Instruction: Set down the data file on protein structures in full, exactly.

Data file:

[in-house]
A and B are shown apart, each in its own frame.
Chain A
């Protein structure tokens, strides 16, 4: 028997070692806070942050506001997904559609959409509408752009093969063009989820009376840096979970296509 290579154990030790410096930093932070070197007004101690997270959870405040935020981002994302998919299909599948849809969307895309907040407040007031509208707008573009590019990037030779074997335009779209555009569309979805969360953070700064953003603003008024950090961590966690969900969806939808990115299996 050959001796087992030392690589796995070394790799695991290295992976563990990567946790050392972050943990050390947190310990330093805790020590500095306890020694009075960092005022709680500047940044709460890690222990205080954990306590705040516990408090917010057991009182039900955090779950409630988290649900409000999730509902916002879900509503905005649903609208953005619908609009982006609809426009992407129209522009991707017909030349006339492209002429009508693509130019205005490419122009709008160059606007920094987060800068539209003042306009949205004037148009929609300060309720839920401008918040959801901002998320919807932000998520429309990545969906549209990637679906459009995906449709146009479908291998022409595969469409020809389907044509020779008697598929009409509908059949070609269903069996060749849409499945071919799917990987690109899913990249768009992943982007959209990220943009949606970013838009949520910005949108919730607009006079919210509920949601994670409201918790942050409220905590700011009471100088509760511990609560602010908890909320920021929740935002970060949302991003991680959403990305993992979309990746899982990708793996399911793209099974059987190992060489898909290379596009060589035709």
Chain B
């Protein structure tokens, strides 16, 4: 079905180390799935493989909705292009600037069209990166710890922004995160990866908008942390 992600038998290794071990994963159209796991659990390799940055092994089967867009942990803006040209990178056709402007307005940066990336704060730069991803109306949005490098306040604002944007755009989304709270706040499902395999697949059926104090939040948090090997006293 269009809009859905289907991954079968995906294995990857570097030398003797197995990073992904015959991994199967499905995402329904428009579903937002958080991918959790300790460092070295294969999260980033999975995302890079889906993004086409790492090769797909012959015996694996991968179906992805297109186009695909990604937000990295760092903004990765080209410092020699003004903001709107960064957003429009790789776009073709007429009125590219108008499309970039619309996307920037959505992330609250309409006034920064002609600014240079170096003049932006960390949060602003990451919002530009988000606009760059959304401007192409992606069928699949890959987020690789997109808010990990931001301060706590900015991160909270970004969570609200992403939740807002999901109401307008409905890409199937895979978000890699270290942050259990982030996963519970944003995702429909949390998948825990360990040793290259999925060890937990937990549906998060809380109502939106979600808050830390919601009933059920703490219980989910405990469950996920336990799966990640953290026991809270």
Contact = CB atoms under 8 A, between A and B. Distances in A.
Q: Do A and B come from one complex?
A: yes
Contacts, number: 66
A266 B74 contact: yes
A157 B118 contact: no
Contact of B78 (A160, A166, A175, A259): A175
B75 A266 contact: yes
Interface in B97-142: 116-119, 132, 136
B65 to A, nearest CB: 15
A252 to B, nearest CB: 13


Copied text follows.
[in-house]
A and B are shown apart, each in its own frame.
Chain A
């Protein structure tokens, strides 16, 4: 028997070692806070942050506001997904559609959409509408752009093969063009989820009376840096979970296509 290579154990030790410096930093932070070197007004101690997270959870405040935020981002994302998919299909599948849809969307895309907040407040007031509208707008573009590019990037030779074997335009779209555009569309979805969360953070700064953003603003008024950090961590966690969900969806939808990115299996 050959001796087992030392690589796995070394790799695991290295992976563990990567946790050392972050943990050390947190310990330093805790020590500095306890020694009075960092005022709680500047940044709460890690222990205080954990306590705040516990408090917010057991009182039900955090779950409630988290649900409000999730509902916002879900509503905005649903609208953005619908609009982006609809426009992407129209522009991707017909030349006339492209002429009508693509130019205005490419122009709008160059606007920094987060800068539209003042306009949205004037148009929609300060309720839920401008918040959801901002998320919807932000998520429309990545969906549209990637679906459009995906449709146009479908291998022409595969469409020809389907044509020779008697598929009409509908059949070609269903069996060749849409499945071919799917990987690109899913990249768009992943982007959209990220943009949606970013838009949520910005949108919730607009006079919210509920949601994670409201918790942050409220905590700011009471100088509760511990609560602010908890909320920021929740935002970060949302991003991680959403990305993992979309990746899982990708793996399911793209099974059987190992060489898909290379596009060589035709």
Chain B
């Protein structure tokens, strides 16, 4: 079905180390799935493989909705292009600037069209990166710890922004995160990866908008942390 992600038998290794071990994963159209796991659990390799940055092994089967867009942990803006040209990178056709402007307005940066990336704060730069991803109306949005490098306040604002944007755009989304709270706040499902395999697949059926104090939040948090090997006293 269009809009859905289907991954079968995906294995990857570097030398003797197995990073992904015959991994199967499905995402329904428009579903937002958080991918959790300790460092070295294969999260980033999975995302890079889906993004086409790492090769797909012959015996694996991968179906992805297109186009695909990604937000990295760092903004990765080209410092020699003004903001709107960064957003429009790789776009073709007429009125590219108008499309970039619309996307920037959505992330609250309409006034920064002609600014240079170096003049932006960390949060602003990451919002530009988000606009760059959304401007192409992606069928699949890959987020690789997109808010990990931001301060706590900015991160909270970004969570609200992403939740807002999901109401307008409905890409199937895979978000890699270290942050259990982030996963519970944003995702429909949390998948825990360990040793290259999925060890937990937990549906998060809380109502939106979600808050830390919601009933059920703490219980989910405990469950996920336990799966990640953290026991809270």
Contact = CB atoms under 8 A, between A and B. Distances in A.
Q: Do A and B come from one complex?
A: yes
Contacts, number: 66
A266 B74 contact: yes
A157 B118 contact: no
Contact of B78 (A160, A166, A175, A259): A175
B75 A266 contact: yes
Interface in B97-142: 116-119, 132, 136
B65 to A, nearest CB: 15
A252 to B, nearest CB: 13